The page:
But the Bible brings great news to our culture with its identity crisis. And great news for people who are trying to work out who they are. It’s wonderfully freeing to know that we live in a world made by a loving God, where identity is not something we’ve somehow got to create for ourselves. Our identity is a given. We’re human beings, made in the image of God; we are creatures, not machines.

What are we?

As God’s creatures we are not simply souls trapped in human bodies. He made us as physical beings; we are embodied creatures.

The ancient Greeks had a very low view of the body. The psyche, the soul, was the real you, but the body would just be discarded at death and then you’d go to the spirit realm. So in much Greek thinking, salvation was all about the freeing of the soul from the body that dragged it down. Our culture has largely returned to that mindset.

Caitlin, formerly Bruce, Jenner tweeted after she came out:

I’m so happy, after such a long struggle, to be living my true self.

Caitlin was expressing this way of thinking: my feelings are my true self, my psyche. But in the Bible’s understanding, because God created everything, the body and the whole material world is very, very good. Our bodies are an essential part of our true selves. So what I feel about myself can never be the whole picture, because God made us embodied souls. Our bodies are essential in determining and revealing who we truly are.

our bodies are essential in determining and revealing who we truly are

A low view of the body infected Christianity from the very beginning. Such thinking led some false teachers to urge believers to live an ascetic life, denying themselves physical pleasures, such as sex in marriage and the enjoyment of food. The apostle Paul strongly resisted them, insisting that “everything God created is good” (1 Timothy 4:4). All that he has created should be “received with thanksgiving” (1 Timothy 4:3). And that includes our bodies.

There were some in the church at Corinth who seemed to argue that it didn’t matter that some believers were having sex with prostitutes. Sex just involved their bodies, but their souls weren’t affected. But Paul is horrified by such thinking. He strongly opposes any dualism that divides the body and the soul: “The body…is not meant for sexual immorality, but for the Lord, and the Lord for the body…Do you not know that your bodies are temples of the Holy Spirit?” (1 Corinthians 6:13, 16). That very high view of the body is rooted in creation. Matter matters because God made it.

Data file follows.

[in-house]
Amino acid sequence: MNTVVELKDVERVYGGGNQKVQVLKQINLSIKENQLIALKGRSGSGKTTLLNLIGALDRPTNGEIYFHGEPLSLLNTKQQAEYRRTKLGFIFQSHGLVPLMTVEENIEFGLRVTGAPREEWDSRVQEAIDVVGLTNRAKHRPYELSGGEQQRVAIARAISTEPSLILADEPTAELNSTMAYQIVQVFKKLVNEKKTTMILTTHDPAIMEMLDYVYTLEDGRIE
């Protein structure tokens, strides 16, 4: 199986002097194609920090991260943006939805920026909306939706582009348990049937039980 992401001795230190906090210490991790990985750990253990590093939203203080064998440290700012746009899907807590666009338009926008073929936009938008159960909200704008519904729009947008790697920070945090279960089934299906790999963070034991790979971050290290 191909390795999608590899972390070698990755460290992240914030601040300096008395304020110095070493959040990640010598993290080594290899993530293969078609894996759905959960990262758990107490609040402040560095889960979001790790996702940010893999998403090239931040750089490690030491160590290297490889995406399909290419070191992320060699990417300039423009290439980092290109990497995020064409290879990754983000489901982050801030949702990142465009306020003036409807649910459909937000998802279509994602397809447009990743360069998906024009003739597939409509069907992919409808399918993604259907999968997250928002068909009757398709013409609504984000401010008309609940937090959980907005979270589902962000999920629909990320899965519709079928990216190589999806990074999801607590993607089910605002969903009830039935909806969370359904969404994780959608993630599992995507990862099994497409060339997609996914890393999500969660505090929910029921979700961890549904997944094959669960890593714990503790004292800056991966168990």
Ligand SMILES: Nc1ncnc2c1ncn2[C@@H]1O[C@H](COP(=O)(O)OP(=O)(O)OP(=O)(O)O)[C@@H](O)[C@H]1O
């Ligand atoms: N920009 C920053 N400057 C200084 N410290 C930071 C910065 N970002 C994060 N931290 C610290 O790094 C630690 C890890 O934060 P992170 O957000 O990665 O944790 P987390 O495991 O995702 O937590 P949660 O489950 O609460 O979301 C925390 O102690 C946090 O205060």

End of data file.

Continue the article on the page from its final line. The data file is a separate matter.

So we should thank the Lord for our bodies. We should echo the words of the psalmist: “You created my inmost being; you knit me together in my mother’s womb. I praise you because I am fearfully and wonderfully made” (Psalm 139:13–14). We should resist all the influences that lead so many to have a low body image and, rather than wishing we had been made differently, we should thank God for the body he has given us.

It’s true that our bodies have been affected by the fall. Living in a fallen creation means that sadly, bodies are born with deformities and get sick. Accepting our bodies as gifts from God certainly doesn’t mean that it’s wrong to try and correct what’s wrong with them and seek to bring healing. But as we do so, we should follow the “art restoration principle”. The aim is to restore the Creator’s intention; but we are not to try to change it. And that will certainly mean accepting the sex that he has given me.

We are sexual creatures

God made us embodied creatures and he also made us sexual creatures: “male and female he created them” (Genesis 1:21).

We’re not just people who happen to have male or female genitalia. We are created men and women, and our sex, in the Bible’s understanding, is fundamental to who we are.